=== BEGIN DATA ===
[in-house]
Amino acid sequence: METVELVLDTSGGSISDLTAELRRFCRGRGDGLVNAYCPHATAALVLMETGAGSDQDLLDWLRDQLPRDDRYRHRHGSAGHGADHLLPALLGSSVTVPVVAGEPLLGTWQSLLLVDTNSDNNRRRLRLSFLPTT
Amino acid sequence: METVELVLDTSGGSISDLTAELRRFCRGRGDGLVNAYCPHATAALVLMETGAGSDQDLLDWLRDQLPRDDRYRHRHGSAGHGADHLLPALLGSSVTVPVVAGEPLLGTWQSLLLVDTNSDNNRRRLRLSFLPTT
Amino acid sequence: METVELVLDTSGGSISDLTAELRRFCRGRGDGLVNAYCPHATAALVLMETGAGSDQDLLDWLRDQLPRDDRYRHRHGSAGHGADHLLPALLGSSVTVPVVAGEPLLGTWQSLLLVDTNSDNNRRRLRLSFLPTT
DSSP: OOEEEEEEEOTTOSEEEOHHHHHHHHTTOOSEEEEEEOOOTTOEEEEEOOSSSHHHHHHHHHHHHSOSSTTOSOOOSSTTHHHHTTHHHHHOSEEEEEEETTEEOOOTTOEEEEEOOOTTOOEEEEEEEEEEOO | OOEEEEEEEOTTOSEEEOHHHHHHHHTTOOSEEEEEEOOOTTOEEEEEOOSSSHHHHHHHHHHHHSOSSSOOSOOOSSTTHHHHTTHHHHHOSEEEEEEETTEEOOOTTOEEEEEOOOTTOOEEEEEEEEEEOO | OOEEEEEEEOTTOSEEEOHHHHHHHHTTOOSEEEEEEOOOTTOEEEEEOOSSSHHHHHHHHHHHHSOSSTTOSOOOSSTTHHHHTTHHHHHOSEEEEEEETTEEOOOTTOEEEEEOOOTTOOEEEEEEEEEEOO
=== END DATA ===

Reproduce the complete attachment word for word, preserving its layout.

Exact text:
[in-house]
Amino acid sequence: METVELVLDTSGGSISDLTAELRRFCRGRGDGLVNAYCPHATAALVLMETGAGSDQDLLDWLRDQLPRDDRYRHRHGSAGHGADHLLPALLGSSVTVPVVAGEPLLGTWQSLLLVDTNSDNNRRRLRLSFLPTT
Amino acid sequence: METVELVLDTSGGSISDLTAELRRFCRGRGDGLVNAYCPHATAALVLMETGAGSDQDLLDWLRDQLPRDDRYRHRHGSAGHGADHLLPALLGSSVTVPVVAGEPLLGTWQSLLLVDTNSDNNRRRLRLSFLPTT
Amino acid sequence: METVELVLDTSGGSISDLTAELRRFCRGRGDGLVNAYCPHATAALVLMETGAGSDQDLLDWLRDQLPRDDRYRHRHGSAGHGADHLLPALLGSSVTVPVVAGEPLLGTWQSLLLVDTNSDNNRRRLRLSFLPTT
DSSP: OOEEEEEEEOTTOSEEEOHHHHHHHHTTOOSEEEEEEOOOTTOEEEEEOOSSSHHHHHHHHHHHHSOSSTTOSOOOSSTTHHHHTTHHHHHOSEEEEEEETTEEOOOTTOEEEEEOOOTTOOEEEEEEEEEEOO | OOEEEEEEEOTTOSEEEOHHHHHHHHTTOOSEEEEEEOOOTTOEEEEEOOSSSHHHHHHHHHHHHSOSSSOOSOOOSSTTHHHHTTHHHHHOSEEEEEEETTEEOOOTTOEEEEEOOOTTOOEEEEEEEEEEOO | OOEEEEEEEOTTOSEEEOHHHHHHHHTTOOSEEEEEEOOOTTOEEEEEOOSSSHHHHHHHHHHHHSOSSTTOSOOOSSTTHHHHTTHHHHHOSEEEEEEETTEEOOOTTOEEEEEOOOTTOOEEEEEEEEEEOO